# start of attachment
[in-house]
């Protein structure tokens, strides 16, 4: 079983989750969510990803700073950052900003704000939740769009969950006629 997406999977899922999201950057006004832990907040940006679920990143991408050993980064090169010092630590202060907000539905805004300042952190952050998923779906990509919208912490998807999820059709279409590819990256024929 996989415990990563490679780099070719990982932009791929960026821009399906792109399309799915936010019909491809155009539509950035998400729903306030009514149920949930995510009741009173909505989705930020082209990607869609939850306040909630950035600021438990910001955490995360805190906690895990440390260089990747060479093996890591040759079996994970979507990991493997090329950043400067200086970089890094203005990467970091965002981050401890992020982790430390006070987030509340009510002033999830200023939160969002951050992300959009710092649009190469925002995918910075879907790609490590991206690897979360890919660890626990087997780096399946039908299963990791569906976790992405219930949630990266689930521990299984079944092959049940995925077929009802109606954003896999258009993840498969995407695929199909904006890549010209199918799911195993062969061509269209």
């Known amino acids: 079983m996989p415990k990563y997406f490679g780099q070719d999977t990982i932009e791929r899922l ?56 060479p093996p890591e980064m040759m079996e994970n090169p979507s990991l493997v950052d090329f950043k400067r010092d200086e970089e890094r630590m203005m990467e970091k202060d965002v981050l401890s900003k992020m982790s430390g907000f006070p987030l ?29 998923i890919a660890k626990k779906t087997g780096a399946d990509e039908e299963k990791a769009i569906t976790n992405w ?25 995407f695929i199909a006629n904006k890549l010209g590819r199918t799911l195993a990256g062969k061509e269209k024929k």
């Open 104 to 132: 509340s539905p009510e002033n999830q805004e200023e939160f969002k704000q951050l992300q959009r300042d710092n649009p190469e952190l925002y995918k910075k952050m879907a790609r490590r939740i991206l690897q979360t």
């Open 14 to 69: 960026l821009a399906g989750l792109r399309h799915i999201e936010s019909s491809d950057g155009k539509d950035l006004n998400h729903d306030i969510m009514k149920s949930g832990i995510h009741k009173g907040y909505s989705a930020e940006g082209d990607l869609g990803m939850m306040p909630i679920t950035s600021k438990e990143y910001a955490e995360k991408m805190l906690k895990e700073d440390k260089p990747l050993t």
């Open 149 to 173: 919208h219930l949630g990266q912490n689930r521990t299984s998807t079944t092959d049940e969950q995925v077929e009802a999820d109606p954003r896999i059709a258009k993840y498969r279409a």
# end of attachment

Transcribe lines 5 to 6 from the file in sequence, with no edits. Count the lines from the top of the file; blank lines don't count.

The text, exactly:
């Open 14 to 69: 960026l821009a399906g989750l792109r399309h799915i999201e936010s019909s491809d950057g155009k539509d950035l006004n998400h729903d306030i969510m009514k149920s949930g832990i995510h009741k009173g907040y909505s989705a930020e940006g082209d990607l869609g990803m939850m306040p909630i679920t950035s600021k438990e990143y910001a955490e995360k991408m805190l906690k895990e700073d440390k260089p990747l050993t």
């Open 149 to 173: 919208h219930l949630g990266q912490n689930r521990t299984s998807t079944t092959d049940e969950q995925v077929e009802a999820d109606p954003r896999i059709a258009k993840y498969r279409a």